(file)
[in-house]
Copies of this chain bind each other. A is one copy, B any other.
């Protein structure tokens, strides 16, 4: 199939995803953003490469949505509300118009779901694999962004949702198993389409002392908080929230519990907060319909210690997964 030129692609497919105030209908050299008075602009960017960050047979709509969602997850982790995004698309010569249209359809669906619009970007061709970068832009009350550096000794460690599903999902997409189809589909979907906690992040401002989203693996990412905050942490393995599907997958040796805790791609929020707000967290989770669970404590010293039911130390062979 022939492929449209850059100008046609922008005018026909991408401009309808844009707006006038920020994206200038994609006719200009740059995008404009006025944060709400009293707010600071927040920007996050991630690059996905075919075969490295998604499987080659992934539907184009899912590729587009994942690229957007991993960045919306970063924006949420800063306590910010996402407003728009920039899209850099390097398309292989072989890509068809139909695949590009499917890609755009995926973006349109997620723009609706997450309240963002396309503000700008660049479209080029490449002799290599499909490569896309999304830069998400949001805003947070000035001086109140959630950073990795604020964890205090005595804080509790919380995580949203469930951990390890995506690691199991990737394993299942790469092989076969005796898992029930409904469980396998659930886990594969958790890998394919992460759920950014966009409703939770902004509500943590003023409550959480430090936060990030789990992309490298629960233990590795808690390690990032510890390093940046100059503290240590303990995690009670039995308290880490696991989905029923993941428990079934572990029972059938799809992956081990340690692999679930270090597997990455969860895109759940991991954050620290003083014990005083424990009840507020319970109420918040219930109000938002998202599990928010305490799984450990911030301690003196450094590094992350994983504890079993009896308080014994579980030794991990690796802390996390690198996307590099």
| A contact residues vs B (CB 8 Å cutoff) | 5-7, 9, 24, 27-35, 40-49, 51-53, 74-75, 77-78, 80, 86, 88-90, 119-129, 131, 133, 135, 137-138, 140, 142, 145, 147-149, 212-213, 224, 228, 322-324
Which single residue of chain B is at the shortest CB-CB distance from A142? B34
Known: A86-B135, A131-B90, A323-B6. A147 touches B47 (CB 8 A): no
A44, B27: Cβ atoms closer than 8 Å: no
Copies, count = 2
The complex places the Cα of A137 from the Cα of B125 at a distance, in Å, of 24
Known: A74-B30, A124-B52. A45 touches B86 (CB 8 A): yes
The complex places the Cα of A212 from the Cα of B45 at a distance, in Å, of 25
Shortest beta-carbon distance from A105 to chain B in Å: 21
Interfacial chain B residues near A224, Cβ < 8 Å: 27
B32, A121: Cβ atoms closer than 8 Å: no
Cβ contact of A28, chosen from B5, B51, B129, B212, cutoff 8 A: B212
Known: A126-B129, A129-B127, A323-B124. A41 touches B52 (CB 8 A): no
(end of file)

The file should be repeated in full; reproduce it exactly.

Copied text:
[in-house]
Copies of this chain bind each other. A is one copy, B any other.
């Protein structure tokens, strides 16, 4: 199939995803953003490469949505509300118009779901694999962004949702198993389409002392908080929230519990907060319909210690997964 030129692609497919105030209908050299008075602009960017960050047979709509969602997850982790995004698309010569249209359809669906619009970007061709970068832009009350550096000794460690599903999902997409189809589909979907906690992040401002989203693996990412905050942490393995599907997958040796805790791609929020707000967290989770669970404590010293039911130390062979 022939492929449209850059100008046609922008005018026909991408401009309808844009707006006038920020994206200038994609006719200009740059995008404009006025944060709400009293707010600071927040920007996050991630690059996905075919075969490295998604499987080659992934539907184009899912590729587009994942690229957007991993960045919306970063924006949420800063306590910010996402407003728009920039899209850099390097398309292989072989890509068809139909695949590009499917890609755009995926973006349109997620723009609706997450309240963002396309503000700008660049479209080029490449002799290599499909490569896309999304830069998400949001805003947070000035001086109140959630950073990795604020964890205090005595804080509790919380995580949203469930951990390890995506690691199991990737394993299942790469092989076969005796898992029930409904469980396998659930886990594969958790890998394919992460759920950014966009409703939770902004509500943590003023409550959480430090936060990030789990992309490298629960233990590795808690390690990032510890390093940046100059503290240590303990995690009670039995308290880490696991989905029923993941428990079934572990029972059938799809992956081990340690692999679930270090597997990455969860895109759940991991954050620290003083014990005083424990009840507020319970109420918040219930109000938002998202599990928010305490799984450990911030301690003196450094590094992350994983504890079993009896308080014994579980030794991990690796802390996390690198996307590099």
| A contact residues vs B (CB 8 Å cutoff) | 5-7, 9, 24, 27-35, 40-49, 51-53, 74-75, 77-78, 80, 86, 88-90, 119-129, 131, 133, 135, 137-138, 140, 142, 145, 147-149, 212-213, 224, 228, 322-324
Which single residue of chain B is at the shortest CB-CB distance from A142? B34
Known: A86-B135, A131-B90, A323-B6. A147 touches B47 (CB 8 A): no
A44, B27: Cβ atoms closer than 8 Å: no
Copies, count = 2
The complex places the Cα of A137 from the Cα of B125 at a distance, in Å, of 24
Known: A74-B30, A124-B52. A45 touches B86 (CB 8 A): yes
The complex places the Cα of A212 from the Cα of B45 at a distance, in Å, of 25
Shortest beta-carbon distance from A105 to chain B in Å: 21
Interfacial chain B residues near A224, Cβ < 8 Å: 27
B32, A121: Cβ atoms closer than 8 Å: no
Cβ contact of A28, chosen from B5, B51, B129, B212, cutoff 8 A: B212
Known: A126-B129, A129-B127, A323-B124. A41 touches B52 (CB 8 A): no